Humanities Information

Murder Solved From The Grave

I am very interested in reading about ghostly stories and spirits etc. A couple of years ago I heard about a story which is apparently true, about a murder which was solved from the grave.

This happened in the UK.

A woman in her twenties always believed she had special powers of being able to have contact with the spiritual world, however she did not want these powers and she certianly had never told anybody else about it. For the purpose of this article, I will call the lady Sue.

One evening about five miles away from where Sue lived, another young lady who I will call Lisa, was brutally murdered by somebody she had never met before.

Sue and Lisa had never met.

As you may be aware, the police find it harder to solve murder cases where the victim is unknown to their killer. These types of murder are also quite rare.

Later that evening Sue was awaken by a noise in her bedroom. As she sat up there was a woman on her bed sobbing, it was Lisa. Sue who was strangely quite calm asked her, who she was, why she was crying and why she was in her bedroom.

"I have just been murdered, I know you can help me"

Sue who was obviously shocked, asked how she could help her.

"I want to tell you what has happened to me and I want to describe the killer to you. I then want you to go to the police station tommorrow to tell them what I have told you. This will help them to find the killer, then I will be able to rest in peace."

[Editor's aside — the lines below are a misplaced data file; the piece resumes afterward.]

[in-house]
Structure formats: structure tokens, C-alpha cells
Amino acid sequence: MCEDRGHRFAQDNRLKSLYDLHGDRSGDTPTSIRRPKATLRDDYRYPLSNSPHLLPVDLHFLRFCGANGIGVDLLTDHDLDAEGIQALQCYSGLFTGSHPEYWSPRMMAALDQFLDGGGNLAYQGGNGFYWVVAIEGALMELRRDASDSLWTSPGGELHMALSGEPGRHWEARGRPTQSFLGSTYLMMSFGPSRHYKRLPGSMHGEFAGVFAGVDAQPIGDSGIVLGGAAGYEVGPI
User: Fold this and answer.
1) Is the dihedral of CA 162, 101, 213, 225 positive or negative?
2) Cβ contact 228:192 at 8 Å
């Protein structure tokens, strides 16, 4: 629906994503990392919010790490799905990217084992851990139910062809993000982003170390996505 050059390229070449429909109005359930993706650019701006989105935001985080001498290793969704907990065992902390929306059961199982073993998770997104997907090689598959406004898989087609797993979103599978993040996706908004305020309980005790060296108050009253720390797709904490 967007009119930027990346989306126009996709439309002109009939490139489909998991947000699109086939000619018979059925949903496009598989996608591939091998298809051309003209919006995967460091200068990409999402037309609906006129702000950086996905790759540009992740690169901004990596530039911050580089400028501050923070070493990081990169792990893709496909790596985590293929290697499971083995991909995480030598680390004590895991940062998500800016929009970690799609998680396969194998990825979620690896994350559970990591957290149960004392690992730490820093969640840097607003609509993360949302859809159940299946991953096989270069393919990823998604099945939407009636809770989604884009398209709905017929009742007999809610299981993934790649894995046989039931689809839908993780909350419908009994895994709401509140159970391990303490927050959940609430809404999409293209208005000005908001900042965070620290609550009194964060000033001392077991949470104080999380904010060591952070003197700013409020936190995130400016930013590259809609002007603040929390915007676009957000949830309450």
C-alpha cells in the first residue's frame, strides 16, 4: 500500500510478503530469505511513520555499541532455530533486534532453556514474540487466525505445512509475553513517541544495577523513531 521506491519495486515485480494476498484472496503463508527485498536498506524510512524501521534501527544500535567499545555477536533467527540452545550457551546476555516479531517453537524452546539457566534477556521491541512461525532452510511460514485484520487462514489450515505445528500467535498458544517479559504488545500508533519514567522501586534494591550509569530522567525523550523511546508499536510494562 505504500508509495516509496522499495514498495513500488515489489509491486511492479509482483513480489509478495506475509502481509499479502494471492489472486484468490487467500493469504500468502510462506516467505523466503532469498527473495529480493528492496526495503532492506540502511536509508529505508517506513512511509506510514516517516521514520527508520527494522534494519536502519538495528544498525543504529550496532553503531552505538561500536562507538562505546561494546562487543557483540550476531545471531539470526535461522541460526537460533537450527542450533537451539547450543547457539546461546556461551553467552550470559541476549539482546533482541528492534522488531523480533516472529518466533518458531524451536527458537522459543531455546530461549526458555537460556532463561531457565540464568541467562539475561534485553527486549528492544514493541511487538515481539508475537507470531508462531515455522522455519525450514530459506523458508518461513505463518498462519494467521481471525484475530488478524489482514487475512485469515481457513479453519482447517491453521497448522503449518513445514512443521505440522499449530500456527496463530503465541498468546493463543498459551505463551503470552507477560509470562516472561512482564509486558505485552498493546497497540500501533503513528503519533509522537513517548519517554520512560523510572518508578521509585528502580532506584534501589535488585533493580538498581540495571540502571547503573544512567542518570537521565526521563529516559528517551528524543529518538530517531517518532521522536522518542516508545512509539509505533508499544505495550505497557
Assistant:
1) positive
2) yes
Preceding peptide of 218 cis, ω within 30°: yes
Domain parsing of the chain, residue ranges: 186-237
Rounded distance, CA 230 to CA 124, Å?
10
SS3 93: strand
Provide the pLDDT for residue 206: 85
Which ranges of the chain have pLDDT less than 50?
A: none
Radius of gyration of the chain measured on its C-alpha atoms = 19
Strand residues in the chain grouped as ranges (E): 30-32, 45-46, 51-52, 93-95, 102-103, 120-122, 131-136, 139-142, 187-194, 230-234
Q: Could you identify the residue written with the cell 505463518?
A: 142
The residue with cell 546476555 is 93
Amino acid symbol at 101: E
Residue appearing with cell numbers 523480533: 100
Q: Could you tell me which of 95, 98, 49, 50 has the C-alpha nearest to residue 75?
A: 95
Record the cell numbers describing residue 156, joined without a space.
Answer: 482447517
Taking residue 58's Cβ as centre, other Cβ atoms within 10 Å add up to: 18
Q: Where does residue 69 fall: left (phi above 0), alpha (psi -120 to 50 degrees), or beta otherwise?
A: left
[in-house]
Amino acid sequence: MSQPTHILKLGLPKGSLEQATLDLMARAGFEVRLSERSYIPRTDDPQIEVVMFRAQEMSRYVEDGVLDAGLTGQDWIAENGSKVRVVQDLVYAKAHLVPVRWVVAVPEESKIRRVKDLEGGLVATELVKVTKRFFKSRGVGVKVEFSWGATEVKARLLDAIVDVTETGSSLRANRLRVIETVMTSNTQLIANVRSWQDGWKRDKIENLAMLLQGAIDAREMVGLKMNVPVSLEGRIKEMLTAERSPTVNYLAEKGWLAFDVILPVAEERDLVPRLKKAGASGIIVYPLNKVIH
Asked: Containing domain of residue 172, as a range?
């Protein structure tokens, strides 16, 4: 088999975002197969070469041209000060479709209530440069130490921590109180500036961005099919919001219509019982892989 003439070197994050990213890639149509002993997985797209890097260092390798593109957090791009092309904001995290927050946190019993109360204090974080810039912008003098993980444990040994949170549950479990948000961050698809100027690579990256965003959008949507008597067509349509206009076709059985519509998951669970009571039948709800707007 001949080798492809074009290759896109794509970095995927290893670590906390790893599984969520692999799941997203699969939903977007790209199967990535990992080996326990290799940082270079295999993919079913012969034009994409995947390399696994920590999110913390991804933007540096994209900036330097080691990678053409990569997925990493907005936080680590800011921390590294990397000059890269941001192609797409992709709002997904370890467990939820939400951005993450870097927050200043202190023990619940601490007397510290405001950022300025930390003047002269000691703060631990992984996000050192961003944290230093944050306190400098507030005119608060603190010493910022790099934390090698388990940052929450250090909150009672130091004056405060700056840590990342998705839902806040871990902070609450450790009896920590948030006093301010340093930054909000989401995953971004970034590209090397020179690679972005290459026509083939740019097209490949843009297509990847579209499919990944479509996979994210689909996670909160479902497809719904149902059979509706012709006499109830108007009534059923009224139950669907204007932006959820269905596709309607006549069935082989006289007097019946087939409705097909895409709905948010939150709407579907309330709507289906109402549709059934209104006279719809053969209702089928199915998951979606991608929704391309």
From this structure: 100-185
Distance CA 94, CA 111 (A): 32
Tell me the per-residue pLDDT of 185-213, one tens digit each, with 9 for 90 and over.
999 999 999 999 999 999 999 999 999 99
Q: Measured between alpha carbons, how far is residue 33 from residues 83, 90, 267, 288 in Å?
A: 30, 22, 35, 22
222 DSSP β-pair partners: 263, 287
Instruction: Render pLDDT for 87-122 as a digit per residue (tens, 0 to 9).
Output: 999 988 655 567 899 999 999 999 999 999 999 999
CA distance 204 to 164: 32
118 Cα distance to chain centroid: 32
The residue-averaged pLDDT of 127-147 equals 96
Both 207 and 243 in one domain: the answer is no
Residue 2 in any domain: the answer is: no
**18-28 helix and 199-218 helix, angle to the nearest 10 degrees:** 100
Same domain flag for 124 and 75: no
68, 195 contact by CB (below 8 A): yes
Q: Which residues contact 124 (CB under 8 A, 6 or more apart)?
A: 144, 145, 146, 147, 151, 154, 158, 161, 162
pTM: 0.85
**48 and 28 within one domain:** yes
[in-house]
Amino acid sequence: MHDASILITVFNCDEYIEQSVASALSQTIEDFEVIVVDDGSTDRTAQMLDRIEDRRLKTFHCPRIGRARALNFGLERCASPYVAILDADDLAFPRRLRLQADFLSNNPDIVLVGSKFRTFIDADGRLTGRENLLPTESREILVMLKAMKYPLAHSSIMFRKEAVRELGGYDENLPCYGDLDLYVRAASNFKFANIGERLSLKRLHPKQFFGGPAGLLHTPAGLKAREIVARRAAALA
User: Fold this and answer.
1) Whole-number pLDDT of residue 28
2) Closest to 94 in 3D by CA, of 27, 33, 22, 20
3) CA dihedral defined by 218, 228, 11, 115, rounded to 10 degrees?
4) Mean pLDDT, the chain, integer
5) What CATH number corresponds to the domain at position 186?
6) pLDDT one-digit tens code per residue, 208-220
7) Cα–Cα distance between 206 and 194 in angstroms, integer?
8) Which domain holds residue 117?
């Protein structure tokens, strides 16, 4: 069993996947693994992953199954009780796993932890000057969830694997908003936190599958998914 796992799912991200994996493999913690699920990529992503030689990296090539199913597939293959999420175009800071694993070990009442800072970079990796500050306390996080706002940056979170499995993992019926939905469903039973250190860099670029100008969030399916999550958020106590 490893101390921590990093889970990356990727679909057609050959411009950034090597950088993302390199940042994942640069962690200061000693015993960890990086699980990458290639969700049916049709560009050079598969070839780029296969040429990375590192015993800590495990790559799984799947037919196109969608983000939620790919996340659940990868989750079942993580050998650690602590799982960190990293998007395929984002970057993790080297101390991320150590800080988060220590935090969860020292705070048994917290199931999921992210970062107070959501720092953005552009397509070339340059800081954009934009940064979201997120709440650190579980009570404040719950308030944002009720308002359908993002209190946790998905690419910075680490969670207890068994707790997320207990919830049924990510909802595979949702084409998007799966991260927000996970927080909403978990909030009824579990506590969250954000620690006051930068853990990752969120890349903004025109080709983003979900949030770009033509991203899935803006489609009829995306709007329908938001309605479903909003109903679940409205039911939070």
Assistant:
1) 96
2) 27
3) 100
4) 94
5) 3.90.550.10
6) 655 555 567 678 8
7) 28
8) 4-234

Sue reluctantly agreed and Lisa disappeared.

Sue did go to the police and described the killer, telling them many things about him, including that he had a tattoo on his arm with the words "crazy fox" on.

The police did not take her as a serious witness, even though they found it strange that she seemed to know so much about the killing itself.

The murder itself went unsolved for twenty years, until a man was arrested for drunk driving. The police took his DNA and it was matched to the murder of Lisa.

Have a guess what he had tattoed on his arm, "crazy fox".

Stephen Hill has a couple of websites at and at


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